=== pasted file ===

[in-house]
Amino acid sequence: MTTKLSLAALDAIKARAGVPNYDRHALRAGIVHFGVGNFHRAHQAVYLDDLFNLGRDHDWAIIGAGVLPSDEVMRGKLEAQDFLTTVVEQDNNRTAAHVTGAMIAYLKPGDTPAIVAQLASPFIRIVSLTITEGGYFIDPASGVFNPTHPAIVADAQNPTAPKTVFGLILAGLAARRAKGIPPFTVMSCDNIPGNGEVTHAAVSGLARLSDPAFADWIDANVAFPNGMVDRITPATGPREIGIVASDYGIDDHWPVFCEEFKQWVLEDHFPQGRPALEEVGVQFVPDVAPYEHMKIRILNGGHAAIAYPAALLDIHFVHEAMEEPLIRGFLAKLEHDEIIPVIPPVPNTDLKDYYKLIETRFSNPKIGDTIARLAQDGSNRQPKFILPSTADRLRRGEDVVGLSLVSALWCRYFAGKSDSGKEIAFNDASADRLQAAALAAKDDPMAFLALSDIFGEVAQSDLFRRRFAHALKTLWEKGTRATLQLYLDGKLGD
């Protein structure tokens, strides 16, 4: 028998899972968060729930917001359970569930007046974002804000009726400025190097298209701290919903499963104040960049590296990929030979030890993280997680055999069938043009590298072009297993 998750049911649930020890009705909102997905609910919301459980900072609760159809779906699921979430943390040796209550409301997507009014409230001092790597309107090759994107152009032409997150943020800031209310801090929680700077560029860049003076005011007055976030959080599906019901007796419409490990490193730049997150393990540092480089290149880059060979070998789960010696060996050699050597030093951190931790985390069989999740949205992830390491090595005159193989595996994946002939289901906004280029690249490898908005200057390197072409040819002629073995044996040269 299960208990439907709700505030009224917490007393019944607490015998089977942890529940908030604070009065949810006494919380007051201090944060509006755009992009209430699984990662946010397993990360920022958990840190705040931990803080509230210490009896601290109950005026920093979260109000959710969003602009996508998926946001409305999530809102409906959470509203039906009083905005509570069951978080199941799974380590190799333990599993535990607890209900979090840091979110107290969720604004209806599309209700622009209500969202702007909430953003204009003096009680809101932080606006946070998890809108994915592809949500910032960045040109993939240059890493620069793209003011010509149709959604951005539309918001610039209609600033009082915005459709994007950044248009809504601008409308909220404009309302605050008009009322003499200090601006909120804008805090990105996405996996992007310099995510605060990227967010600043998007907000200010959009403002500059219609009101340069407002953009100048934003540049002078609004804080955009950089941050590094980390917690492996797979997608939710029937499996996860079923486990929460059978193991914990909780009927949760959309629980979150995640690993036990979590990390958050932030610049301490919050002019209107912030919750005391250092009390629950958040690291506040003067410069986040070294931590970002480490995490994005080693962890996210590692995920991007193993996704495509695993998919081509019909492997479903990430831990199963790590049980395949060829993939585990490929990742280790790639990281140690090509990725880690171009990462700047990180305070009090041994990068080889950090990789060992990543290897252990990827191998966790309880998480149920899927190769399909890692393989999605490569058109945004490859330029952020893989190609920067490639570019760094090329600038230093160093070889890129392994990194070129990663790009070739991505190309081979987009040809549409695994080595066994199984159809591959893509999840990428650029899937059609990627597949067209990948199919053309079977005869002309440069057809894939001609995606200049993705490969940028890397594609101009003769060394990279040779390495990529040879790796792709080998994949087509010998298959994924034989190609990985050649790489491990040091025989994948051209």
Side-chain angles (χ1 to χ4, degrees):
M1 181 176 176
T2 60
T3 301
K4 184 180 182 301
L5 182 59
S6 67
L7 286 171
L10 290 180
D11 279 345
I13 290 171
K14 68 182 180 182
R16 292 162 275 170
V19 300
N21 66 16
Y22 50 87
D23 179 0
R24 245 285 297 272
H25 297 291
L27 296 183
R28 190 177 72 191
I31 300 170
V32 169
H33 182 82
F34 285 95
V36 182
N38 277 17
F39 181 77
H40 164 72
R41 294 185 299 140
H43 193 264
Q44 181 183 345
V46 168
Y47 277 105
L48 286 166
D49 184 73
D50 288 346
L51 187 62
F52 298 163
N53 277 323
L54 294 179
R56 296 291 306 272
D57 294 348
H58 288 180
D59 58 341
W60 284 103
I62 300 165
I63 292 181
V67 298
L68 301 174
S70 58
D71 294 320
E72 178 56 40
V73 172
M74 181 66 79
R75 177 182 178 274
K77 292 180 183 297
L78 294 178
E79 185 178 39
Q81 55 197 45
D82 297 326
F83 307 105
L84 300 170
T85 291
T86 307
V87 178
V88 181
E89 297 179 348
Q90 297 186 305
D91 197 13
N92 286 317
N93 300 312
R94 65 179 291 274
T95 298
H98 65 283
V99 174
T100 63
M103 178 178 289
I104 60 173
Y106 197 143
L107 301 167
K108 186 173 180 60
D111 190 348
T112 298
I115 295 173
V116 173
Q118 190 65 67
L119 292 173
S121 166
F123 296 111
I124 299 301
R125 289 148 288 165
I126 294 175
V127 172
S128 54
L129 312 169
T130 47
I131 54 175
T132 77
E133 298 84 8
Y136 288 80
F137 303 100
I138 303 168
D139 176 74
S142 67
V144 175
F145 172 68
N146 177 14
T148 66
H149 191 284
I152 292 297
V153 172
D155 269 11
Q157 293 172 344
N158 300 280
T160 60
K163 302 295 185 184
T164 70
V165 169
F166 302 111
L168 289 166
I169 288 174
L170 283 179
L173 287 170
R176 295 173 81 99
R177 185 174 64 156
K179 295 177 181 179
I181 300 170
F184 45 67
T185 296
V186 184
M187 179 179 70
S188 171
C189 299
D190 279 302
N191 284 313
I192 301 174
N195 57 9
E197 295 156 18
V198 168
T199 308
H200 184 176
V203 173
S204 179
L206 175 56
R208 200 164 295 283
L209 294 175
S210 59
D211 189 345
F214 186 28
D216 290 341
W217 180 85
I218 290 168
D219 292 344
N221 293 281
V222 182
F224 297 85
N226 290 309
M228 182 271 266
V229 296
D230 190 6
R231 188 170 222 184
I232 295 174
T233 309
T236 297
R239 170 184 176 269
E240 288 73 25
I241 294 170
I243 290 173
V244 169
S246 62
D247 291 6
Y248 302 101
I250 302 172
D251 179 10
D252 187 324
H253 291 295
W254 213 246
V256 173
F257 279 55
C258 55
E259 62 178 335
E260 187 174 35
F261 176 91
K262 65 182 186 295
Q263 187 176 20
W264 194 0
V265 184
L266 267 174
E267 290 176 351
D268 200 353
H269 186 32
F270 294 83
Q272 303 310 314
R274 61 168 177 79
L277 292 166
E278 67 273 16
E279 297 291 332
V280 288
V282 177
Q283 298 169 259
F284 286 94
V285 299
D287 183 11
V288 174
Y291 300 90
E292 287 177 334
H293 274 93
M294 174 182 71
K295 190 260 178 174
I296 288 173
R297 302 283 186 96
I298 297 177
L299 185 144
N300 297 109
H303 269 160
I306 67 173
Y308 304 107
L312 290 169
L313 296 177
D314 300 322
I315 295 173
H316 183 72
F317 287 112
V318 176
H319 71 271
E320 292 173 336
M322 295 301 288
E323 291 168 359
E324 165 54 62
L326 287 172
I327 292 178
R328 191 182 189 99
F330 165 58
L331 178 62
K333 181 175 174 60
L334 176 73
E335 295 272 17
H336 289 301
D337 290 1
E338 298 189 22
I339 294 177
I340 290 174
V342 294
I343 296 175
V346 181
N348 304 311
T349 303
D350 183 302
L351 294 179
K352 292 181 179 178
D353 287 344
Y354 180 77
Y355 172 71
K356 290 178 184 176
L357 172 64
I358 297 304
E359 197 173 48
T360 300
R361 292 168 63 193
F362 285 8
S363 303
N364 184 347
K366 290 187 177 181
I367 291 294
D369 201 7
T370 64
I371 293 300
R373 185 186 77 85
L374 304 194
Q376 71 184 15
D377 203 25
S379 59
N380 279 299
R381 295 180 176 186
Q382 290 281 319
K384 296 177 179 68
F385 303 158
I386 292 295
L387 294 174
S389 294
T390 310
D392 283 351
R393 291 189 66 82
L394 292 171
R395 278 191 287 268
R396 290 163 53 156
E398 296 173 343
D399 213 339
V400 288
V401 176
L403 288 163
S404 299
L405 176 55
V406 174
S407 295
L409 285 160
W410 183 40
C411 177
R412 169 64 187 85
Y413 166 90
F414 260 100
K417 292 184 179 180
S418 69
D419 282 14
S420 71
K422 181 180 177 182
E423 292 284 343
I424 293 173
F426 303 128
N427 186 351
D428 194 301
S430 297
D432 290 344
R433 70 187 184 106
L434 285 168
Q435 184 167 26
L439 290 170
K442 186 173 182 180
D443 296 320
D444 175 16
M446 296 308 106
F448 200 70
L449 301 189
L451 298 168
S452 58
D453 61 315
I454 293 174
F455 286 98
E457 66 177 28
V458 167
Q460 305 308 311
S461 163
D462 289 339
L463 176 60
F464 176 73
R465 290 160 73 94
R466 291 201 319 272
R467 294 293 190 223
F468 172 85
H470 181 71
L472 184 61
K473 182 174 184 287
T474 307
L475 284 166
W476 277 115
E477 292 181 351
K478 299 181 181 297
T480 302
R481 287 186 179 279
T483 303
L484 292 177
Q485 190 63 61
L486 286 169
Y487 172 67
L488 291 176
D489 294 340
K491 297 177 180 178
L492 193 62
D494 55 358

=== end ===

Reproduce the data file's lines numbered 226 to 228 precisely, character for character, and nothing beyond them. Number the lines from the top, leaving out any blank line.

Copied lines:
H316 183 72
F317 287 112
V318 176